Single day changes of more than 1 pound are highlighted (whether it is an increase or a decrease--they want to know about significant changes either way). Weekly changes of more than 4 pounds are highlighted as well. You might notice that the 7 day column usually has 2 numbers in it. The reason is that my weight today may represent both a gain in weight from the lowest weight I had in the past week while at the same time being a drop in weight from the highest weight I had in the past week. So the table shows both unless today's weight is the highest or lowest weight in the past week.
I use this dashboard every day to see if my weight today is different enough to need to call the doctor (I am fortunate that that has never happened). In reality, I can usually remember what my weight was yesterday, so I usually know, even when just standing on the scale, if my weight has changed by more than 2 lbs in the past day. But I definitely need this tool in order to identify if my weight has changed by more than 5 pounds in a week.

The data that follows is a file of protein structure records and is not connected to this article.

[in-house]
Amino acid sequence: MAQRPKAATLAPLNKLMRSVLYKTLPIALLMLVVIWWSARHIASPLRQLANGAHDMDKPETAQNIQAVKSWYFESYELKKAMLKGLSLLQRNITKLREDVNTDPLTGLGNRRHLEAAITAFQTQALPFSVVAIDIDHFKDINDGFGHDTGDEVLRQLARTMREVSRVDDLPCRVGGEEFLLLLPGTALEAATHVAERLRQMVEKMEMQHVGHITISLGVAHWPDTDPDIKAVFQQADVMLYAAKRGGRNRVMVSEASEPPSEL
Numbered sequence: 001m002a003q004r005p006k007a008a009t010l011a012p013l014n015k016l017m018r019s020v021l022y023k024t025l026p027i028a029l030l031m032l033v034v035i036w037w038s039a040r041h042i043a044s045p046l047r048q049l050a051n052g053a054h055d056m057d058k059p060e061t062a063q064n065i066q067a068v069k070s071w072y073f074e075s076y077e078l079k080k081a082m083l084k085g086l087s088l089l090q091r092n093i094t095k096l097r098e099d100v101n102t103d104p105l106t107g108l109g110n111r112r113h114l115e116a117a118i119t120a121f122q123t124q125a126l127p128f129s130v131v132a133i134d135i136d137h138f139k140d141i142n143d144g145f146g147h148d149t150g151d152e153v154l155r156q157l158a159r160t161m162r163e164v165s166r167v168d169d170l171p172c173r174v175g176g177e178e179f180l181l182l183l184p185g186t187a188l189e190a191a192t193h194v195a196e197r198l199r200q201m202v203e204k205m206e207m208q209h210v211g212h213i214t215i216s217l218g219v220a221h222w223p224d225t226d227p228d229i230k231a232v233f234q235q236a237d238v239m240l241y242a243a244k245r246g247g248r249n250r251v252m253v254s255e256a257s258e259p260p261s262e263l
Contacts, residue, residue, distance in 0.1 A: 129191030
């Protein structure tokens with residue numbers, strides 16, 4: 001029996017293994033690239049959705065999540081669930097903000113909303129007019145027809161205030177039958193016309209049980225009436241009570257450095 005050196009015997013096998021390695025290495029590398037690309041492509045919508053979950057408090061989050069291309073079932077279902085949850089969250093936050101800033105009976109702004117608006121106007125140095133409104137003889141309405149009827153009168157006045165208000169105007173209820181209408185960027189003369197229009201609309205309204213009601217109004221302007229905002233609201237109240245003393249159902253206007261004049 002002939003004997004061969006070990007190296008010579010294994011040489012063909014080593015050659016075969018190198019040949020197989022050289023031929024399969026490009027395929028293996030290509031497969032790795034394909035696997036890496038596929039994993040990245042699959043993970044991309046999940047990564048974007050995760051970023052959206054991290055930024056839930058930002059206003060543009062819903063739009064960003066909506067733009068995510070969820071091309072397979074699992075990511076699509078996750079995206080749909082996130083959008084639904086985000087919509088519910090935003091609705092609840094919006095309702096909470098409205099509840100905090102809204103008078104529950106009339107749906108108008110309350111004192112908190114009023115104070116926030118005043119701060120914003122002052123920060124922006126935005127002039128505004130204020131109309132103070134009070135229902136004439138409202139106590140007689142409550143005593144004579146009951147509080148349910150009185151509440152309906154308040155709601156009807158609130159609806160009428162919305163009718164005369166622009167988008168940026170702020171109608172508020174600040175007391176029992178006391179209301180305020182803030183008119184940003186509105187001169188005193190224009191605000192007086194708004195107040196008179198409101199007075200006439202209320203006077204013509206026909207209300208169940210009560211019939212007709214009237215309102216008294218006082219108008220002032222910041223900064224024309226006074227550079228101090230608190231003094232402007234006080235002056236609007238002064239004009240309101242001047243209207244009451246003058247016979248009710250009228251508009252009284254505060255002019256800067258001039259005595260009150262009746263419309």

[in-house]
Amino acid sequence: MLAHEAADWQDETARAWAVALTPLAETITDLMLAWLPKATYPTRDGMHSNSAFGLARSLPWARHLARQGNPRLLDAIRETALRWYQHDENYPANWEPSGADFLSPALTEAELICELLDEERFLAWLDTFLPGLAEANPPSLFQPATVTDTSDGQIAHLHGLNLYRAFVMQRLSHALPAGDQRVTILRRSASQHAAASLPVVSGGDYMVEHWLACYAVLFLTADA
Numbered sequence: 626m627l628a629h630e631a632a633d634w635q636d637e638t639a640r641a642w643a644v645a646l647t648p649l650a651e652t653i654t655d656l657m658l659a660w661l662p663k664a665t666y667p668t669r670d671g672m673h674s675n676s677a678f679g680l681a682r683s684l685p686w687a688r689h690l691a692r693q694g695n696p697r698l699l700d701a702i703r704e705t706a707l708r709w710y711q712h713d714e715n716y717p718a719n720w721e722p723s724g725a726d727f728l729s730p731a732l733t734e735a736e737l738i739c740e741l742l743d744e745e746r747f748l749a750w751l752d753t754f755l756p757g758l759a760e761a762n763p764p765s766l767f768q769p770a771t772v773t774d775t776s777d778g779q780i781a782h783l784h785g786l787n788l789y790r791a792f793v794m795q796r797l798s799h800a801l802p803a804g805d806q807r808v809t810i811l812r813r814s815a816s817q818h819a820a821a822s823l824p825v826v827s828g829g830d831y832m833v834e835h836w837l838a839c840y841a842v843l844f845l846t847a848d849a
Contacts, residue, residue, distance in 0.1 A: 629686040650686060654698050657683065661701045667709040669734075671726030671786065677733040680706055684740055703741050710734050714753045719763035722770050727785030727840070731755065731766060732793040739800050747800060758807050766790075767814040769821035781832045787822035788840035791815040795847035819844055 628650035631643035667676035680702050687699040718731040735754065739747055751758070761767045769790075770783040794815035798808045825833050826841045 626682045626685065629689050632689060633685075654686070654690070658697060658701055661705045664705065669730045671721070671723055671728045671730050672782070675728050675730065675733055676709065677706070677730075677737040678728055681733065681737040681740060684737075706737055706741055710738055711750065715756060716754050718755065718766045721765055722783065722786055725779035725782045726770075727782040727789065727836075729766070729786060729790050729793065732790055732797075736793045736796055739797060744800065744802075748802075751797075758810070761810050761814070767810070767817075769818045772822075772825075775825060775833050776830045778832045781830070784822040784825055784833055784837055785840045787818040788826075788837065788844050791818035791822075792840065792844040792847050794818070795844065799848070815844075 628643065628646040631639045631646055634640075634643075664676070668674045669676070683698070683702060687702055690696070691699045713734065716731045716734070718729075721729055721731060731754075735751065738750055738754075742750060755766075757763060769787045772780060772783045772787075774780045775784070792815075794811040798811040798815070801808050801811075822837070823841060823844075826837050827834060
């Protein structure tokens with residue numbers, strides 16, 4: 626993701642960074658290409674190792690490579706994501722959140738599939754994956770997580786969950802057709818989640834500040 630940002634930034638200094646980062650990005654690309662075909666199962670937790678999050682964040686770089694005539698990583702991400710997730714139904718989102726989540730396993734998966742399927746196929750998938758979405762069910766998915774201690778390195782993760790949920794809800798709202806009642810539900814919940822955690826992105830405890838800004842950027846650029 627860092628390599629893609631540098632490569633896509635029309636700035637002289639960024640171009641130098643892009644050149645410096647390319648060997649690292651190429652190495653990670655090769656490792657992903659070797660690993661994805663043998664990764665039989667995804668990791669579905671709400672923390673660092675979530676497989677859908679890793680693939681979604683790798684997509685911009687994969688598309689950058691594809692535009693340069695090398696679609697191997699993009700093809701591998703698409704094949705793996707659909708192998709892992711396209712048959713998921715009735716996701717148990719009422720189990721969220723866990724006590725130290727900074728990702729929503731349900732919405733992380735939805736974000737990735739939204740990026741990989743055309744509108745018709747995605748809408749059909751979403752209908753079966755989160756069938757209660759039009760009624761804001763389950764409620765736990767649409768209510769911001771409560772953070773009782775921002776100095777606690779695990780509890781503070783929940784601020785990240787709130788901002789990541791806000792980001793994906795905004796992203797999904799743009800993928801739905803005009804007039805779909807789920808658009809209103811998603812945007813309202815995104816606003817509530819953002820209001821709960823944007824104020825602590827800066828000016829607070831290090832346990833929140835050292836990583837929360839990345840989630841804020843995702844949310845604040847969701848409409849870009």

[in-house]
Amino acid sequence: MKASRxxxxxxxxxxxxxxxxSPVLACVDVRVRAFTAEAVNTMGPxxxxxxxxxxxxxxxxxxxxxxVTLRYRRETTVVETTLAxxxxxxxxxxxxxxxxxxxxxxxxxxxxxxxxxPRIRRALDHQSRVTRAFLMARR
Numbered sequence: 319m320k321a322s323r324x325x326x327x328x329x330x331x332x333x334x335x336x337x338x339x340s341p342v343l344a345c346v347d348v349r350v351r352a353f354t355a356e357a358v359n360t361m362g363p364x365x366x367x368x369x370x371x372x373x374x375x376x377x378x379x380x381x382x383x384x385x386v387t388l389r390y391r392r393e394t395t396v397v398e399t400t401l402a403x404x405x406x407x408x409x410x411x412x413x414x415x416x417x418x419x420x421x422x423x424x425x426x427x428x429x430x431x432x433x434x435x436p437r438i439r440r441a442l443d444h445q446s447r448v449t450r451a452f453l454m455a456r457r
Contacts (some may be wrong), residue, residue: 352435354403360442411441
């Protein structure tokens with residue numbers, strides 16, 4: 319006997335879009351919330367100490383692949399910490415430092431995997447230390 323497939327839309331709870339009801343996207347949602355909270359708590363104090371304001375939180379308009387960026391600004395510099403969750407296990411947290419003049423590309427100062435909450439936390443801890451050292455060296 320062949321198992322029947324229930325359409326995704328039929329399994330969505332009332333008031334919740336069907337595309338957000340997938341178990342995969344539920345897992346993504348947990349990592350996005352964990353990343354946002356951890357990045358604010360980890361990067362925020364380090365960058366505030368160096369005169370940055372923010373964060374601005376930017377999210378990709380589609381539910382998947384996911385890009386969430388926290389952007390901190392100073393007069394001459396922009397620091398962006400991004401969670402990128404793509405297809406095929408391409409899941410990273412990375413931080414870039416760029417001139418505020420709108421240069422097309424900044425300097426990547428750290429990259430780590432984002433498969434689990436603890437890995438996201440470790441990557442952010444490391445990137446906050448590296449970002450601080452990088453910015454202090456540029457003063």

As I said, this is still a work in progress, and it lacks a certain amount of polish. But if you have a reason to want to track your day to day weight changes, feel free to use it. As with the rest of TrendWeight, I created this primarily for myself, but there are millions people with heart failure in the world, so if this is a useful tool for some part of that community, I'm happy to share it.
As always, if you have feedback or comments, feel free to email me at firstname.lastname@example.org.